Trolling works most all year

April 20, 2013

Trolling can be an effective way to locate feeding fish. Trolling for certain species can be effective the majority of the year, especially for our white bass species.

As the water continues to warm, more of the predators in our Texas waters are apt to chase a moving bait presentation.

Trolling live or artificial baits will allow you to cover a lot of water in a short period of time. This is also extremely effective when the bite is slow and you have to search for those few fish that will bite.

Many folks will troll until they locate fish and then stop and work the area. Others may continue to troll over a point or hump and pick up fish on each pass of the location.

Sometimes the moving boat can stop the bite, other days it doesn’t matter. Just be aware the driving through a school of fish, especially if they are in shallow water, may scatter the fish and upset the bite.

Many anglers all over the country use trolling techniques to catch fish. Up north many folks troll all the time for species such as salmon and lake trout. Most every species can be caught in this fashion.

In fact it can be so effective it is outlawed in most black bass tournaments. I never really totally understood why it is not allowed, but it has to do something with covering more water than the other guy who is casting and chunking baits.

The types of artificial baits that are normally trolled include jigs, crankbaits, spoons and spinners. Sand bass and stripers are generally the species most seek with trolling, but many will troll for blacks as well.

The simplest form of trolling and most widely used is to drag your bait behind the boat and go as slow as the big motor will allow. The fish will essentially catch themselves when they hit the bait. You will need to vary the distance behind the boat for depth and stealth purposes.

When using crankbaits, try a variety of baits that dive to different depths. Some of the largest lipped crankbaits will get you down near 20 feet. Standard lipless crankbaits such as the popular rattletrap will go between 2 to 4 feet.

For colors that work on our area lakes, I prefer chartreuse colored baits with an orange belly especially in murky water and/or overcast days. On clear days, I prefer a chrome, white, bone, or blue/chrome, or black back/chrome combinations.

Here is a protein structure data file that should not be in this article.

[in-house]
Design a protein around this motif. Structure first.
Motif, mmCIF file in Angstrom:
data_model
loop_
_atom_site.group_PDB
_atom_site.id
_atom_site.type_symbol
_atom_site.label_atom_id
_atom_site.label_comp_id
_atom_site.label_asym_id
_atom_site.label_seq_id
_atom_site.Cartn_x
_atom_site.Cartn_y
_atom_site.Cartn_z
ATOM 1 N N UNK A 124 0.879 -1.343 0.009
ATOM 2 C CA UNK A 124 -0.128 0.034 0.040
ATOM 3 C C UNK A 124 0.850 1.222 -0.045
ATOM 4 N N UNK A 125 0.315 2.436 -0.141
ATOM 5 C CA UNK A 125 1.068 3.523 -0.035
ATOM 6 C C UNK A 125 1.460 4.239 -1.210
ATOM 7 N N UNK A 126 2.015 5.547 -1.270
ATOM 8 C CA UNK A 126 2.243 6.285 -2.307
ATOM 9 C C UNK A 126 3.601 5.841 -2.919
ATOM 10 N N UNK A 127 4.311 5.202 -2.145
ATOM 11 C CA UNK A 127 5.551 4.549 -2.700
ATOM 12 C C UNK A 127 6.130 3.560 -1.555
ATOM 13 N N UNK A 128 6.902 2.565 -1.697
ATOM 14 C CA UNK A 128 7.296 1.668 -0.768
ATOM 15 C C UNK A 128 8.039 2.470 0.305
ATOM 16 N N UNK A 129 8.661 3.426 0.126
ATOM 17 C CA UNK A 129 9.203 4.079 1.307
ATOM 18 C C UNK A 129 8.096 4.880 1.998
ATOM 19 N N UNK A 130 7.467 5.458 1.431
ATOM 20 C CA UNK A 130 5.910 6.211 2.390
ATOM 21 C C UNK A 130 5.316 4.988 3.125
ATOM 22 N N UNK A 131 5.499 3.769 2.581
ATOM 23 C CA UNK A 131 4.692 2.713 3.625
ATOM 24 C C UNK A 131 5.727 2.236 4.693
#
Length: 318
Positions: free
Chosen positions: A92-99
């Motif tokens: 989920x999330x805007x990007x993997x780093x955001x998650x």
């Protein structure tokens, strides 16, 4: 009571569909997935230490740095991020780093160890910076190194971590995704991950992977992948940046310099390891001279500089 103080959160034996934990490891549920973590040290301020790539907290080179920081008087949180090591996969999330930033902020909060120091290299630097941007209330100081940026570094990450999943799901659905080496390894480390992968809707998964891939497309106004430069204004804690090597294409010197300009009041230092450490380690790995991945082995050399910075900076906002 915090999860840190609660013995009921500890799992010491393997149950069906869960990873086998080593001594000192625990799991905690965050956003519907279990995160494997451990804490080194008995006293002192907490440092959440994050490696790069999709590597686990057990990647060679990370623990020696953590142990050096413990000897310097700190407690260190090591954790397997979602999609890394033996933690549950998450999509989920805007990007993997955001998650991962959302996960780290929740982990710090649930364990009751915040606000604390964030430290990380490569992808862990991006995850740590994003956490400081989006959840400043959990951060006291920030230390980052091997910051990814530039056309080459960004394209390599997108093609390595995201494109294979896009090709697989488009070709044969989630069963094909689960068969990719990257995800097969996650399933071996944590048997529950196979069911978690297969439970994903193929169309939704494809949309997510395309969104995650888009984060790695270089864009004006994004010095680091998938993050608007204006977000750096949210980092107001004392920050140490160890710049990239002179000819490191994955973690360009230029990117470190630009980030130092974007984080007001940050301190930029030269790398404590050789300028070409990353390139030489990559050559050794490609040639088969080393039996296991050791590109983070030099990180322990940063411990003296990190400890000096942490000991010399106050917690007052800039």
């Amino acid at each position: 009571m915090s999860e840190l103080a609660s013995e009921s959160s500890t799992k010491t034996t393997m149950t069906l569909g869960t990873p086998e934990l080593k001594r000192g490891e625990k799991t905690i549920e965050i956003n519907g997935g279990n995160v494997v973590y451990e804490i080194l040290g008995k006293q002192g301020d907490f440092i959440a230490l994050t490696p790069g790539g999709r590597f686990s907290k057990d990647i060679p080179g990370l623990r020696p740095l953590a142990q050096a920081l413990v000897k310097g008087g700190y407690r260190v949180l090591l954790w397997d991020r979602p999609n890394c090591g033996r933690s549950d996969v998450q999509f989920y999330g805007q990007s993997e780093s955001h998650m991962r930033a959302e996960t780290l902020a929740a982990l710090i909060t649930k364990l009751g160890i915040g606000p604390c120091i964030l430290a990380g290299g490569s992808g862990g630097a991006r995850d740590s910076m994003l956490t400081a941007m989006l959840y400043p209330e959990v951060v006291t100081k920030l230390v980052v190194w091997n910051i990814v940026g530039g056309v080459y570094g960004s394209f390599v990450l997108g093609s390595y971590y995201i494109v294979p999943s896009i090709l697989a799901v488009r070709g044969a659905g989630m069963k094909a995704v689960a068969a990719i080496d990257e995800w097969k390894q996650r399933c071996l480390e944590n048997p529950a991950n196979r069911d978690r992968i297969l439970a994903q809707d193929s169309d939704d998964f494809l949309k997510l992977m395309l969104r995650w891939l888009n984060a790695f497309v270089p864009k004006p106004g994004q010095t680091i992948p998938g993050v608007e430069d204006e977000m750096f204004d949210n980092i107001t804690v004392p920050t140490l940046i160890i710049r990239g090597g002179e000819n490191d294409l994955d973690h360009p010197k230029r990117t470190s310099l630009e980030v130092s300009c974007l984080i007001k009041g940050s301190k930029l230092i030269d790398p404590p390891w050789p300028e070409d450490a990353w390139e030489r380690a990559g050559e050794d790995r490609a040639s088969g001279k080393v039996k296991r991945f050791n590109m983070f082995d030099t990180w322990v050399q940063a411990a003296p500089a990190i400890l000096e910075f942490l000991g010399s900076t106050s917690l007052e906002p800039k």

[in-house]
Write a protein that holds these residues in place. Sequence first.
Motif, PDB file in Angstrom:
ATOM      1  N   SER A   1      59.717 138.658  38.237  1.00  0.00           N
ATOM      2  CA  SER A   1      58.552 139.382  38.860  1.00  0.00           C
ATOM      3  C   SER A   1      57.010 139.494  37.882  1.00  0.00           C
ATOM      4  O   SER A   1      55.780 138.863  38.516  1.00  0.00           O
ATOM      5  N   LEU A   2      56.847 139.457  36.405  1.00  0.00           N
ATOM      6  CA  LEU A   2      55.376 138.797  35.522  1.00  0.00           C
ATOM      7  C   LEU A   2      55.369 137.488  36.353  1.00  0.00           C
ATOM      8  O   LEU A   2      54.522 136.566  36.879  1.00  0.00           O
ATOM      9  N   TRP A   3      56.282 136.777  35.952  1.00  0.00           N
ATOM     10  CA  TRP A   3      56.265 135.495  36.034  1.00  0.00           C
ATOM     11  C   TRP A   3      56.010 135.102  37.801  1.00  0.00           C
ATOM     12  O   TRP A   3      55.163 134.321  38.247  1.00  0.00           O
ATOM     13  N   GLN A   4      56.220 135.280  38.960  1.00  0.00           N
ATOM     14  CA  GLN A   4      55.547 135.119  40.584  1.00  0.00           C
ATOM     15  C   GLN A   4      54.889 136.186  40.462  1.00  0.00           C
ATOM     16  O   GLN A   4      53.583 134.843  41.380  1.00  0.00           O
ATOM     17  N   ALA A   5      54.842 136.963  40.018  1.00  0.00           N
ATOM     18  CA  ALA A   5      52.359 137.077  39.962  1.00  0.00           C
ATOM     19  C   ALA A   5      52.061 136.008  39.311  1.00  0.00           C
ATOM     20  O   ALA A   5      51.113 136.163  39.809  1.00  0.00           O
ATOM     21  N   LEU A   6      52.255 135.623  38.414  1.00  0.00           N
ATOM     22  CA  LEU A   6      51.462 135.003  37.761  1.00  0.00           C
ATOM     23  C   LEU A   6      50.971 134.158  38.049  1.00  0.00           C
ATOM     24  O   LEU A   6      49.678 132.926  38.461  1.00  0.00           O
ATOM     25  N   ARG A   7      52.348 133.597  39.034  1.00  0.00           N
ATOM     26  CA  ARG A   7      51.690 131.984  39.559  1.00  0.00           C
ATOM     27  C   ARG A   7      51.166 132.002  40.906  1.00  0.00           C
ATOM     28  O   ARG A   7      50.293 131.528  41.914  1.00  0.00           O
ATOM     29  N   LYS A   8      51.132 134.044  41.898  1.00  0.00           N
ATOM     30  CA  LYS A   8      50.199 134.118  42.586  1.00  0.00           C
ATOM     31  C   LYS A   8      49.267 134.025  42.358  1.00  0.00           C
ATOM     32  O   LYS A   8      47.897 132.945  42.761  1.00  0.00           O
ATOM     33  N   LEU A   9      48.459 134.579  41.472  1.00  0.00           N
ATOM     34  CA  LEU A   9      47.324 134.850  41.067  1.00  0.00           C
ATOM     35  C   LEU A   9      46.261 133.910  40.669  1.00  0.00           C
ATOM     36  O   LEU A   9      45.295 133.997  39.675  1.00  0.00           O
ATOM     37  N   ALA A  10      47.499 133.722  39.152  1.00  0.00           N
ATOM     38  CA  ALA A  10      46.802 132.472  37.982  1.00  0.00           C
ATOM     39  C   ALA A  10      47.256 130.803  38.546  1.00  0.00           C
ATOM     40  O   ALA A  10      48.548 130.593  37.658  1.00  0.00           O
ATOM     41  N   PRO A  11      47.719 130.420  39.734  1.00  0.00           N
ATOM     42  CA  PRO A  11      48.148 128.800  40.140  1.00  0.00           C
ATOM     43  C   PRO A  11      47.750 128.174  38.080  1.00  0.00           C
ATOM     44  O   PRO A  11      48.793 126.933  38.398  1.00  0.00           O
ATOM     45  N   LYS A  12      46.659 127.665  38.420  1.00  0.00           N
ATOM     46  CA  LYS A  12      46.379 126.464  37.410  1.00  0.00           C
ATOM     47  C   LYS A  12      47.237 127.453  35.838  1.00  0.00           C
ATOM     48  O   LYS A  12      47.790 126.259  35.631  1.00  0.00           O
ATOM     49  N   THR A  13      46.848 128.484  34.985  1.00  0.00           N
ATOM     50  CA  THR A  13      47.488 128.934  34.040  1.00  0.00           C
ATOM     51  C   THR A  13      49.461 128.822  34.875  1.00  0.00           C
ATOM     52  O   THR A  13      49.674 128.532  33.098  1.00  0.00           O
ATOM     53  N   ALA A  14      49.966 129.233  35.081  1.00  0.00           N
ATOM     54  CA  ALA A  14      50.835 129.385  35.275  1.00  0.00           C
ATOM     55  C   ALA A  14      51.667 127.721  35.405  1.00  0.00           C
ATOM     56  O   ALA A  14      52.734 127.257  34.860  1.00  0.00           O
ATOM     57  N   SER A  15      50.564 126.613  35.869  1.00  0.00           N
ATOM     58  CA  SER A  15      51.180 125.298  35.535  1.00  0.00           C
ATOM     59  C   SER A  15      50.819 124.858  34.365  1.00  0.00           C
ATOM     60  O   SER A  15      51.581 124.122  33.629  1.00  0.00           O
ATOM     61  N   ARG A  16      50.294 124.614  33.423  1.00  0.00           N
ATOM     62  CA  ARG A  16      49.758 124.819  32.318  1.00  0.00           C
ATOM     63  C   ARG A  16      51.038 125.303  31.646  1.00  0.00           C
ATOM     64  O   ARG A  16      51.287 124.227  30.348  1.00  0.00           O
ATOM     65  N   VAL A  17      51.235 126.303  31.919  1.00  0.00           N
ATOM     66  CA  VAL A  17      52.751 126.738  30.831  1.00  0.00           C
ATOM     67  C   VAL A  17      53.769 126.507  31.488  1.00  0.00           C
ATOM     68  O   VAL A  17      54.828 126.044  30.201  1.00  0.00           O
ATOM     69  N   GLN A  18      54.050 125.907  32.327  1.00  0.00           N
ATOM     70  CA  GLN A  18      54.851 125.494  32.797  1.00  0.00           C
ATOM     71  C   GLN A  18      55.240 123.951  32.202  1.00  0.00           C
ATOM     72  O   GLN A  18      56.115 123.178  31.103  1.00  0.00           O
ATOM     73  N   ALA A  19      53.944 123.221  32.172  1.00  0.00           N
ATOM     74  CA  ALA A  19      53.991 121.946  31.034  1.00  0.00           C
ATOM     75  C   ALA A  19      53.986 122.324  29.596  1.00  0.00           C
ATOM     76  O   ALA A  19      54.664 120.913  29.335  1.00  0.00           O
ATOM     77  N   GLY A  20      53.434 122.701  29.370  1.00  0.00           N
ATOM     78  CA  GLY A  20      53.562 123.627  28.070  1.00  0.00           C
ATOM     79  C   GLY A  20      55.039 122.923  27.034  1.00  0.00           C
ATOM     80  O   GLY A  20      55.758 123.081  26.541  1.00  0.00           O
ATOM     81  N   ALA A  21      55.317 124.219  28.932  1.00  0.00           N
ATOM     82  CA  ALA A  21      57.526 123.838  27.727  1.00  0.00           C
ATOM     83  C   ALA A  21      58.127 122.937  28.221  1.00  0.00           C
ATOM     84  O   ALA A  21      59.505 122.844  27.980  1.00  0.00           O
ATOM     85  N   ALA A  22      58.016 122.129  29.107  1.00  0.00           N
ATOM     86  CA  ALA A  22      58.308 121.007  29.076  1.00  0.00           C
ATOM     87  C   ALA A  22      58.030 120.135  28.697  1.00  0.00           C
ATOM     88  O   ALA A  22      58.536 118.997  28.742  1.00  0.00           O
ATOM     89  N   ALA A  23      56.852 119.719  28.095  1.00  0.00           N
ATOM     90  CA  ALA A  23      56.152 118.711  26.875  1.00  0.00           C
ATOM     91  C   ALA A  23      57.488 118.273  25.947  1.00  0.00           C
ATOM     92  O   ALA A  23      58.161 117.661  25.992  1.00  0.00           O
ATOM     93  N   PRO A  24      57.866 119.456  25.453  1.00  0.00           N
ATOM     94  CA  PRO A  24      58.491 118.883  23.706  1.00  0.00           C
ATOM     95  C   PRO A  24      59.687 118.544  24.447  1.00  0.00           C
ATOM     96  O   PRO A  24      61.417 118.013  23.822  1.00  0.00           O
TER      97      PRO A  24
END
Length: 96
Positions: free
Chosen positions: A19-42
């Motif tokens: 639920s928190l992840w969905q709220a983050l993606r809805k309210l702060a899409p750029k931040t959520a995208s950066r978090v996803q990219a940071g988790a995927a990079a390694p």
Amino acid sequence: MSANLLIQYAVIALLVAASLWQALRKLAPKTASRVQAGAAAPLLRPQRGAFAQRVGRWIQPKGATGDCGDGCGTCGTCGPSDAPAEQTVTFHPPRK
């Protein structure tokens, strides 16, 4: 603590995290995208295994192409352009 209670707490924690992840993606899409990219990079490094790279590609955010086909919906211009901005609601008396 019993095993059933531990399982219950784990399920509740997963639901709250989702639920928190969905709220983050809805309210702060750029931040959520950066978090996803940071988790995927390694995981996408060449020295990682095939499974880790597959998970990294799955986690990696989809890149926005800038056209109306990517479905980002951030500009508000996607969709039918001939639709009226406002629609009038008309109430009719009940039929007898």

One of the most popular baits trolled on most every North Texas body of water this time of the year is the Petspoon. These spoons come in a variety of sizes and are commonly trolled behind a Hellbender, which allows you to get the bait fairly deep without a downrigger.

Get a Hellbender without hooks, put a three-fourth-ounce Dipsy Sinker on the front and tie a 2-foot leader from the Hellbender to the Petspoon. You may need to vary the size of the leader.

Smaller Petspoons are used for sand bass and the larger sizes can be used for stripers/hybrids. Gold or Silver colored spoons will work.

The line size you use will also affect how deep your baits will dive. The lighter the line the deeper the dive. Boat speed can be crucial. When using your big motor you may be moving your bait too fast depending on the season.

Other fishermen in specialized boats control their speed accurately. Most of us here just go as slow as we can. Early in the year, I will troll on occasion with my trolling motor to slow the presentation down.

Other boats utilize kicker motors to get those slow trolling speeds, which is very effective if you can afford it.

Downrigging, as you all know, is an effective way to get your baits to the desired depths. This is generally a summer pattern, but will work at other times of the year. I have used my downrigger in the winter with my trolling motor to cover more water when the fish are scattered.

You can also troll live bait, but generally you must go slow as you will probably drown the bait if you trolled with your big motor. Just let out enough line to ensure you have the bait at the desired depth.

Hood County Fishing Report

I continue to receive some great white bass reports on our home lake. Limits of large sandbass with some small fish mixed in are being caught from the 377 Bridge downstream to the dam.

Whitney and Possum Kingdom also continue to report good catches of white bass.

Granbury black bass continue to be good as well. Many anglers have been frequenting Granbury due to the good fishing. Striper fishing on Granbury continues to be slow.

Squaw Creek is warming up, but anglers are still catching fish. Blacks to 6 pounds have been reported. Whitney black bass are good to 6 pounds on the upper ends. Black bass on PK are reported to be good to 10 pounds.

Best hybrid action is reported on Lake Lewisville on live shad.

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Category: Sports Archived